The Great Depression stopped Johnson cold, as it did many other artists. For five years he made a living outside music, working at one point in a steel mill in Peoria, Illinois. By the late 1930s, however, he was performing in Chicago and recording for Decca. The city was in the early stages of becoming the urban blues capital of the world, and Johnson was paired with the influential blues pianists Roosevelt Sykes and Blind John Davis, among others. Blues guitar king Muddy Waters remembered him as a performer who could easily fill a club in the early days of Chicago blues. In 1939, during a session made for the Bluebird label with pianist Josh Altheimer, Johnson used an electric guitar for the first time. During World War II, Johnson worked his way west with a series of one-nighters beginning in Detroit and ending on the West Coast.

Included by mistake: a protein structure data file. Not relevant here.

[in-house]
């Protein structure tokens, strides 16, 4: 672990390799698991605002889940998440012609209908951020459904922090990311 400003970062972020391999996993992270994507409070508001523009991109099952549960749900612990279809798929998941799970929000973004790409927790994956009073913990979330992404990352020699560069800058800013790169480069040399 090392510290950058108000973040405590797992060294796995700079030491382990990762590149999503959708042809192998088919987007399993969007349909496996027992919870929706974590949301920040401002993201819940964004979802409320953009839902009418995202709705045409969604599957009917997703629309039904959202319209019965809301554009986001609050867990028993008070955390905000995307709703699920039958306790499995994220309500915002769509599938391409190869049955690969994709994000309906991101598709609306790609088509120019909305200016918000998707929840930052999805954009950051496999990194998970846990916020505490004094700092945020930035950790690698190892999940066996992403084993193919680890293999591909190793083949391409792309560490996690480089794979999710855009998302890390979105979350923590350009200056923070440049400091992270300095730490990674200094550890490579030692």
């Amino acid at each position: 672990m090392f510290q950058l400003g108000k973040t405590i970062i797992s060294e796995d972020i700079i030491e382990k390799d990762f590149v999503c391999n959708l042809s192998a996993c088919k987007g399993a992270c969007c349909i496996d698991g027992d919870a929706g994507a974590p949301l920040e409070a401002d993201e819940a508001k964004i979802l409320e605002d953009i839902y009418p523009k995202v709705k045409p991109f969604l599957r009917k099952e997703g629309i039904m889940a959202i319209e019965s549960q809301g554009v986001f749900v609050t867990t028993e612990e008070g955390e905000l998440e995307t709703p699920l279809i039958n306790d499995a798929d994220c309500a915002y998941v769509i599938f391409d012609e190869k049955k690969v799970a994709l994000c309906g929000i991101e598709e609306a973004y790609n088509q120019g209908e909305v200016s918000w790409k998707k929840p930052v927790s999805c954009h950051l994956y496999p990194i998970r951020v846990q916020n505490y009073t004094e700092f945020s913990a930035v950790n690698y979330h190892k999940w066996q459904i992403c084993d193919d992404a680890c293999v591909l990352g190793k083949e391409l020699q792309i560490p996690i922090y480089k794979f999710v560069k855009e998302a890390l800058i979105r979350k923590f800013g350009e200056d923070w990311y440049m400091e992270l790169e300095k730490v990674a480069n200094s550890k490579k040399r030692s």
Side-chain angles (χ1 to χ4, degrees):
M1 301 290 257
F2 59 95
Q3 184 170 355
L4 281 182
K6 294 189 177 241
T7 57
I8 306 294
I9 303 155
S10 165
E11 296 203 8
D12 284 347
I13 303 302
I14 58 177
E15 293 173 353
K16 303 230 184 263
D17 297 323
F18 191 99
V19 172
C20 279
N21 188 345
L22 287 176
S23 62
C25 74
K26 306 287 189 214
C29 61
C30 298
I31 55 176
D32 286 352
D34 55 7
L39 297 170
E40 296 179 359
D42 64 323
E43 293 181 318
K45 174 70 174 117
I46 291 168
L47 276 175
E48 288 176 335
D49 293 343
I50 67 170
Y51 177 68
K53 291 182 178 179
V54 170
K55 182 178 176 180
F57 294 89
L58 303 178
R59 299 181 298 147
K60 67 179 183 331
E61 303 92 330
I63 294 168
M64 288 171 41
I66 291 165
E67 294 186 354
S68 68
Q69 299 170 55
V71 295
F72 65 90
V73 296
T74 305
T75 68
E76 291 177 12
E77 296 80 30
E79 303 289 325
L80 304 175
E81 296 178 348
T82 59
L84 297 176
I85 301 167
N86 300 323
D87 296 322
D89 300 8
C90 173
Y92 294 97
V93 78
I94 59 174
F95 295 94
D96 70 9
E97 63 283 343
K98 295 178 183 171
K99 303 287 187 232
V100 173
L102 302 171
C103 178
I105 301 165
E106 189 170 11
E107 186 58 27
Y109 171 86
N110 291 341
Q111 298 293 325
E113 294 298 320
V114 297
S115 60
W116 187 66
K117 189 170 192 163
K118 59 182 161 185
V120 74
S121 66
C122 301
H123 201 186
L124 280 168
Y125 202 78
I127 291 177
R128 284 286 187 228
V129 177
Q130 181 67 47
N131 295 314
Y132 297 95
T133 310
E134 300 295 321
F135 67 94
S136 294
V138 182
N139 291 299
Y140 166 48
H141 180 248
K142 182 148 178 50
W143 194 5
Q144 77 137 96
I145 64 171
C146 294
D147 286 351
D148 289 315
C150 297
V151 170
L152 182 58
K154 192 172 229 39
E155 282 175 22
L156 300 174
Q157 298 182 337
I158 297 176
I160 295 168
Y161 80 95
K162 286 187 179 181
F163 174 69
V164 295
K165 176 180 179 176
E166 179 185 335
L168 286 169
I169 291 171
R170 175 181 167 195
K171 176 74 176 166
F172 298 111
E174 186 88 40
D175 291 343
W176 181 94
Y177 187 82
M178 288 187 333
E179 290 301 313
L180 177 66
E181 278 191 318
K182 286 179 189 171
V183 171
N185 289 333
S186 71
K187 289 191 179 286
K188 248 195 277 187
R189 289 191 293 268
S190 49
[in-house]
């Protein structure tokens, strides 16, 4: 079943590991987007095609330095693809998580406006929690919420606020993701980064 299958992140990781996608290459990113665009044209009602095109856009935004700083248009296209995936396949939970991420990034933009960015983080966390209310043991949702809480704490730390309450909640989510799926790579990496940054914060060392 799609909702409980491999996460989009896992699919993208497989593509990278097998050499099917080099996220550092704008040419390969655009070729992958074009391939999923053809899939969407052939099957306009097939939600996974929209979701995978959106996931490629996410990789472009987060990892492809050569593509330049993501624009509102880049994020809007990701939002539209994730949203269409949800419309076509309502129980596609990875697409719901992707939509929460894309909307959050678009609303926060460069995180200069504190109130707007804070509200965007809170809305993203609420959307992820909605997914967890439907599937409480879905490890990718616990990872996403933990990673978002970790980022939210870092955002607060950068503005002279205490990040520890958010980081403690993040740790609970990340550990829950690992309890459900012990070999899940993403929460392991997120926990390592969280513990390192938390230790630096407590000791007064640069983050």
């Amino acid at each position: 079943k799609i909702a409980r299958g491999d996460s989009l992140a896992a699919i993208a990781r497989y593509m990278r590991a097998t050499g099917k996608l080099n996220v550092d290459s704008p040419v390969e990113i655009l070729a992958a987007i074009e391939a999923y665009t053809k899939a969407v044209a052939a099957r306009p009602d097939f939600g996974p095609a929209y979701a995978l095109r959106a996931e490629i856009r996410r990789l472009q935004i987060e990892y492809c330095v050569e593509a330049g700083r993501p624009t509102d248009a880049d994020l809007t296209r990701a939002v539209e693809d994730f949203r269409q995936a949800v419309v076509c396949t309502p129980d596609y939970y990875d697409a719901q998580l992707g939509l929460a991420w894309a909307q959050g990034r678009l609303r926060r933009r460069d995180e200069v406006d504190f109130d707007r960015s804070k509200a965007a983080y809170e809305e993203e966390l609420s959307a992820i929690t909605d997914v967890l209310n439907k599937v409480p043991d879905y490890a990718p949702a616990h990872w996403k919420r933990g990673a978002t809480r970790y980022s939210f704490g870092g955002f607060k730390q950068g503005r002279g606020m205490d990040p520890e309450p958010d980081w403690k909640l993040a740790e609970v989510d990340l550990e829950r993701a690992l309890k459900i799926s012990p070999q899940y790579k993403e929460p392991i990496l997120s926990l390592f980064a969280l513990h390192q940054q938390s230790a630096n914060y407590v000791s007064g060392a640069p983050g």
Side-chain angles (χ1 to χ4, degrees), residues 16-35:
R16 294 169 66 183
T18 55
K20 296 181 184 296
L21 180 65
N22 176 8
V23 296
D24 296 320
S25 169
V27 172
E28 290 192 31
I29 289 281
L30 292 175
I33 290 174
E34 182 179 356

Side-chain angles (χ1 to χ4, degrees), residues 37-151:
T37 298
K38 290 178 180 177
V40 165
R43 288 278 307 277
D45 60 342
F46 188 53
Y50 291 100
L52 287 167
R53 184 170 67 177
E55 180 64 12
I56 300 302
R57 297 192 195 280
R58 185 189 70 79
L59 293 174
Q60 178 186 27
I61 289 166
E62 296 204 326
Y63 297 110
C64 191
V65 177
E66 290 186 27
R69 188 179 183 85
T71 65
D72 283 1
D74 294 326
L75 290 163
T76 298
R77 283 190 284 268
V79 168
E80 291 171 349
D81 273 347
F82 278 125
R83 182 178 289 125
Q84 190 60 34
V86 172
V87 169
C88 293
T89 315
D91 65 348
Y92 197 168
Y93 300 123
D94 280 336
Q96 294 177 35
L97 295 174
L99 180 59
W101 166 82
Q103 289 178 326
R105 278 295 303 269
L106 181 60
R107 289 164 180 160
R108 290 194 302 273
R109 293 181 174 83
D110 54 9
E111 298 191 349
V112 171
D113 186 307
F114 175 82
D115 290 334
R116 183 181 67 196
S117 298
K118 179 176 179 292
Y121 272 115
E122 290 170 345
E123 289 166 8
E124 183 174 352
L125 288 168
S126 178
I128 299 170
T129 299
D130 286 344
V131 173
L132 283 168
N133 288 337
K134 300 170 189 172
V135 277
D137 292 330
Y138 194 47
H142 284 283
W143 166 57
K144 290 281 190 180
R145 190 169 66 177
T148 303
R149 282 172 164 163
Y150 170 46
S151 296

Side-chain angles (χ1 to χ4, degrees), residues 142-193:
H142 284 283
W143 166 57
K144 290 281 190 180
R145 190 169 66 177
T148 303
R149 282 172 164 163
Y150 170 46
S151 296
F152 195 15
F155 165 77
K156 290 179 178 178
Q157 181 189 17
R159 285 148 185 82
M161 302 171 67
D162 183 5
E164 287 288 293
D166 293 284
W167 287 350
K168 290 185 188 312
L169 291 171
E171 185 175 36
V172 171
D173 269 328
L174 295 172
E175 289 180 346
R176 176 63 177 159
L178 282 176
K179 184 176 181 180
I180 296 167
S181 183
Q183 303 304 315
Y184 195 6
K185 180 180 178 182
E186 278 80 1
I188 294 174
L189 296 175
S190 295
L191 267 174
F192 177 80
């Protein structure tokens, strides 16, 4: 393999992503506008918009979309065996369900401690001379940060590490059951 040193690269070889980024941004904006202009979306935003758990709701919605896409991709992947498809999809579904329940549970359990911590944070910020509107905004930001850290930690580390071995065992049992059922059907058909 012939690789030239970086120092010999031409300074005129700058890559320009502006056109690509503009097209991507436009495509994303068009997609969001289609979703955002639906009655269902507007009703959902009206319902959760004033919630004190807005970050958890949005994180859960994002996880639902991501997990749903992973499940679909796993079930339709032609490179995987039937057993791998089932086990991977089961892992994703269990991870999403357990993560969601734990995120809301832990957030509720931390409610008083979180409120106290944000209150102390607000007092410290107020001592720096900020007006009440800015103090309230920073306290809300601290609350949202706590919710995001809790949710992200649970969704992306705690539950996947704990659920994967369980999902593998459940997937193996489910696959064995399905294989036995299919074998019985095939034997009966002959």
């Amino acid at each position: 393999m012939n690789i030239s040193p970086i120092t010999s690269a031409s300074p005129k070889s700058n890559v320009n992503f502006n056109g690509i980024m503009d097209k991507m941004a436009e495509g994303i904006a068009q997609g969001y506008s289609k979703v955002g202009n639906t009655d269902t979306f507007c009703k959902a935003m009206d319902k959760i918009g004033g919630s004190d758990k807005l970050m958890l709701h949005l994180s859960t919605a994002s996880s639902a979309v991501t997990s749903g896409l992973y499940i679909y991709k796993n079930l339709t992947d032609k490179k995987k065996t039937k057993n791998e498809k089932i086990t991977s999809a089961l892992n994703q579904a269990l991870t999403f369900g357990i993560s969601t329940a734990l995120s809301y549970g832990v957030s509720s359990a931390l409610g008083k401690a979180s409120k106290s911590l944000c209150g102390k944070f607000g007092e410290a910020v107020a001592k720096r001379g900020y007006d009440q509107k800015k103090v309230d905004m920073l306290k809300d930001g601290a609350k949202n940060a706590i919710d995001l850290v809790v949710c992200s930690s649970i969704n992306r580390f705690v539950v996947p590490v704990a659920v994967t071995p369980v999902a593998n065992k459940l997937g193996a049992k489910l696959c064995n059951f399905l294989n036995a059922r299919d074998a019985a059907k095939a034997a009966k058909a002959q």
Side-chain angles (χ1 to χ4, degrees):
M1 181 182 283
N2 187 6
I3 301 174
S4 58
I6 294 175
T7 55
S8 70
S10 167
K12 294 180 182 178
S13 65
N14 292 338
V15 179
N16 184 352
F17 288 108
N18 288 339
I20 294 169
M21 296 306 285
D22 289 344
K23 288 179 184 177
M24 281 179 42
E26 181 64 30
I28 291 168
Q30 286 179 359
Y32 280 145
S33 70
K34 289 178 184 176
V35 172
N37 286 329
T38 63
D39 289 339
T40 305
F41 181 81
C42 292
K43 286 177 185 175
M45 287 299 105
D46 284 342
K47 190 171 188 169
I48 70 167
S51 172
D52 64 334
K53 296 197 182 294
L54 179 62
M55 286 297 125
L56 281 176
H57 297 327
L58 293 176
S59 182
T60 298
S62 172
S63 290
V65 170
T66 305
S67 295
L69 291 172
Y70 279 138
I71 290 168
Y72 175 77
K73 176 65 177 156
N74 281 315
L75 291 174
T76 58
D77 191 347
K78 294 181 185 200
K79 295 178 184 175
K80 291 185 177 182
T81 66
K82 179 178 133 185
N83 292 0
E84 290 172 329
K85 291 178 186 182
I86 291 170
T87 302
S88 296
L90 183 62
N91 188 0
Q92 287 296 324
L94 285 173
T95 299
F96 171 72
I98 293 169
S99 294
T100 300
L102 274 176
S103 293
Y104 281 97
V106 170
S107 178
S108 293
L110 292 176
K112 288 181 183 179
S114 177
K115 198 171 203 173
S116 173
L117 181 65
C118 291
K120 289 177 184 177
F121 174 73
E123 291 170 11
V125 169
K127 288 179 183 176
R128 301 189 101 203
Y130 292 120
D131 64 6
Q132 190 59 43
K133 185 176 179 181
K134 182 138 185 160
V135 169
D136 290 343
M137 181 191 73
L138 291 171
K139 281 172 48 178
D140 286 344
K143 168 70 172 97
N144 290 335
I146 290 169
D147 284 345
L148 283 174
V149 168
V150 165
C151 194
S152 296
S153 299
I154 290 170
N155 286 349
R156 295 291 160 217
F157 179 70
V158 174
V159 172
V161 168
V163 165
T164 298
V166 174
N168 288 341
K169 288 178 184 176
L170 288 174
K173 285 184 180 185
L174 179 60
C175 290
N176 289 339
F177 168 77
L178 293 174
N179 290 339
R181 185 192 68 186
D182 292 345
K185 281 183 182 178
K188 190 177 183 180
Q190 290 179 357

Transitioned to Electric Sound

Johnson successfully made the transition to the new electric rhythm-and-blues sound after the war. He recorded for several small labels and then for the highly successful Cincinnati independent King, notching a major hit with "Tomorrow Night" in 1948. With reported sales of three million copies, the song was probably Johnson's single biggest hit. Basically, though, the big sounds of electric blues were unsuited to Johnson's precise and subtly sophisticated style, and he gradually dropped out of music once again in the 1950s. When the young blues enthusiast Chris Albertson found him in 1959, he was working as an elevator attendant at Philadelphia's Ben Franklin Hotel.